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Dodge City Daily Globe - Dodge City, KS
  • Local youth given opportunity to excel in golf with national program

  • The game of golf has had a profound impact on the lives of millions of people across the world. Whether they dove into the sport as a child or picked up their first clubs in their 50s, golf not only teaches individuals a lifelong hobby, it can teach personal life lessons that can go a long way in someone’s life.


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  • The game of golf has had a profound impact on the lives of millions of people across the world. Whether they dove into the sport as a child or picked up their first clubs in their 50s, golf not only teaches individuals a lifelong hobby, it can teach personal life lessons that can go a long way in someone’s life.
         However, golf can be quite an expensive sport to participate in, so various programs around the country are doing their part to get kids involved early and often. One of those programs is the First Tee, which is one of the largest youth golf institutes in the nation. In the state of Kansas there are four First Tee establishments, with one of them residing in the quaint community of Cimarron.
         Beginning in the late 1990s, the mission of the Cimarron First Tee program was to get local youth involved in golf and spread the word of important life skills. Through the efforts of an annual fundraising tournament, the young golfers are given the use of a set of a clubs, personal instruction twice a week, and have unlimited access to Cimarron Golf Club, where they can practice their skills throughout the summer.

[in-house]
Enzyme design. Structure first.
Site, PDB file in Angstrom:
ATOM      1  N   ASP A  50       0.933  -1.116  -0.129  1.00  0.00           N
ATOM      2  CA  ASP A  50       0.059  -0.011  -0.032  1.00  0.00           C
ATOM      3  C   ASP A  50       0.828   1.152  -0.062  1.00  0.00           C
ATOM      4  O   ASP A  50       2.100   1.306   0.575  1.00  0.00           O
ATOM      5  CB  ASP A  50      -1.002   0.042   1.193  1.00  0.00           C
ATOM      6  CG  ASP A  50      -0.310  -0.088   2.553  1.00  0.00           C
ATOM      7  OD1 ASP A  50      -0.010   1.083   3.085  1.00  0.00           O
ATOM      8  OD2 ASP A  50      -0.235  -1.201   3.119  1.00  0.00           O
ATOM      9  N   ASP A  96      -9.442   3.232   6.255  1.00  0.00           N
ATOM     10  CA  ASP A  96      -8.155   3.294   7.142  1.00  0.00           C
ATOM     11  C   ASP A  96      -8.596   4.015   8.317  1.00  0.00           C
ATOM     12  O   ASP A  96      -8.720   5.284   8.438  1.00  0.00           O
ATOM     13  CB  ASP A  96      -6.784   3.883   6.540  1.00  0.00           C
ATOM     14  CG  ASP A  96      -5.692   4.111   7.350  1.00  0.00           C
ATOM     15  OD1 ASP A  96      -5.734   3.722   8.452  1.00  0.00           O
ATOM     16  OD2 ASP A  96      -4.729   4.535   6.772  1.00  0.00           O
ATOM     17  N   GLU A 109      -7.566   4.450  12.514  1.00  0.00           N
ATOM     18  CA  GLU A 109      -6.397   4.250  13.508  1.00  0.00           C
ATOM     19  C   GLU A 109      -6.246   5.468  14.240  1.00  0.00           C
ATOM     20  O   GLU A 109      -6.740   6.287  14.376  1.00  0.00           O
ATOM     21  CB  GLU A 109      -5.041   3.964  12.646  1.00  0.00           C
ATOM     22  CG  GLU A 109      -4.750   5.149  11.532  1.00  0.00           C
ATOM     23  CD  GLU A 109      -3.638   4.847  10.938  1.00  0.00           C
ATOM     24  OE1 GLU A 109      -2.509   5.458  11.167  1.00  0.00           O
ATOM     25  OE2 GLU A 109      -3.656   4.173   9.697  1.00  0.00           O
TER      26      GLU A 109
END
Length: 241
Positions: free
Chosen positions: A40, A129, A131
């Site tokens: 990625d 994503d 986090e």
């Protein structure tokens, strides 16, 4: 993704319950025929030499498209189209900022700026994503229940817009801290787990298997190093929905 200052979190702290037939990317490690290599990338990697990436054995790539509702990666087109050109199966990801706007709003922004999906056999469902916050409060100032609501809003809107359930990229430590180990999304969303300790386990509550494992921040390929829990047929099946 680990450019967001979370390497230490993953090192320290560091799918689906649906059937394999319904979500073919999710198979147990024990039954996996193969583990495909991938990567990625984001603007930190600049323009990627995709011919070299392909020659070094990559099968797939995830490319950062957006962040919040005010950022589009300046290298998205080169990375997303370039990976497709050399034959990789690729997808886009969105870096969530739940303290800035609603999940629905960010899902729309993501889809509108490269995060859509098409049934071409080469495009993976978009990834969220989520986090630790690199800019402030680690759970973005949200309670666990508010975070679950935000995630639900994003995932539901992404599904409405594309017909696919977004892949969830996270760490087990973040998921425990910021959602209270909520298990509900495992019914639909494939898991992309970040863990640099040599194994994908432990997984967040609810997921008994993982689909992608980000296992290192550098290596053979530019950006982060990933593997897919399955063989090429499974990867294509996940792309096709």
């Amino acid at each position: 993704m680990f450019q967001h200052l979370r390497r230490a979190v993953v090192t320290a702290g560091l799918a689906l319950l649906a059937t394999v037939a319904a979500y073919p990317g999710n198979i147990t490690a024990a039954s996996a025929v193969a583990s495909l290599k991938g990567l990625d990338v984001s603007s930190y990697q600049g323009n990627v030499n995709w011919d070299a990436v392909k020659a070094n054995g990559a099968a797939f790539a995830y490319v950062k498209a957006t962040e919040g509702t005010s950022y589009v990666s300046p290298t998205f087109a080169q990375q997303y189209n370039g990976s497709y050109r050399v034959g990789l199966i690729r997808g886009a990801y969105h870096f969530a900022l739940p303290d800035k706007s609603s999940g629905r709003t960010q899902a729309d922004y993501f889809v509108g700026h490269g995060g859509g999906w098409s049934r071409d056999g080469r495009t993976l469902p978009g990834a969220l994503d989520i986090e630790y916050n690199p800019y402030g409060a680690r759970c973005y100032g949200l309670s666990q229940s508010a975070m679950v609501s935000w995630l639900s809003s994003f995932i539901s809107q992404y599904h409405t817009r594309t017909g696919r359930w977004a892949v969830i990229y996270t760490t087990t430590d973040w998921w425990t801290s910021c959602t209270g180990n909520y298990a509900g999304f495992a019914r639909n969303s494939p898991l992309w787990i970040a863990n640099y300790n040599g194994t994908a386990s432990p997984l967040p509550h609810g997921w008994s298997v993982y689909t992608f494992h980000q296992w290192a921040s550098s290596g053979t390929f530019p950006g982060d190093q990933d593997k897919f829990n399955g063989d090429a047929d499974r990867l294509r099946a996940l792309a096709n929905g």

“Last year, we had 650 participants in the First Tee program, which includes the kids in every level,” said Chad Burman, who serves as the vice president for the board of directors for the Cimarron First Tee chapter. “We have been doing three community outreach programs through the course, which also reaches out to schools in Cimarron, Montezuma, and Ingalls.”
         In order to make more kids aware of the program, instructors and board members travel to surrounding elementary schools and give a presentation during physical education class. They go over the basics of the game of golf, as well as the First Tee and the life skills taught during the program.
         During their fundraising tournament this past weekend, the program raised nearly $2,500 dollars, which makes up the difference in enrollment fees for each individual golfer. Each participant is required to pay a $20 entry fee, but that covers every angle of the program, including range balls, clubs, and golf on the course.
    Starting a tradition
         When the First Tee was first established, it was aimed at garnering interest in the game of golf in the inner city areas. It was viewed as a way to get kids off the streets and out of harmful situations, by putting a golf club in their hands and giving them a chance to interact with kids who share a similar passion. Since then, it has expanded to other cities and rural communities that share the same devotion to teach the sport to underprivileged kids.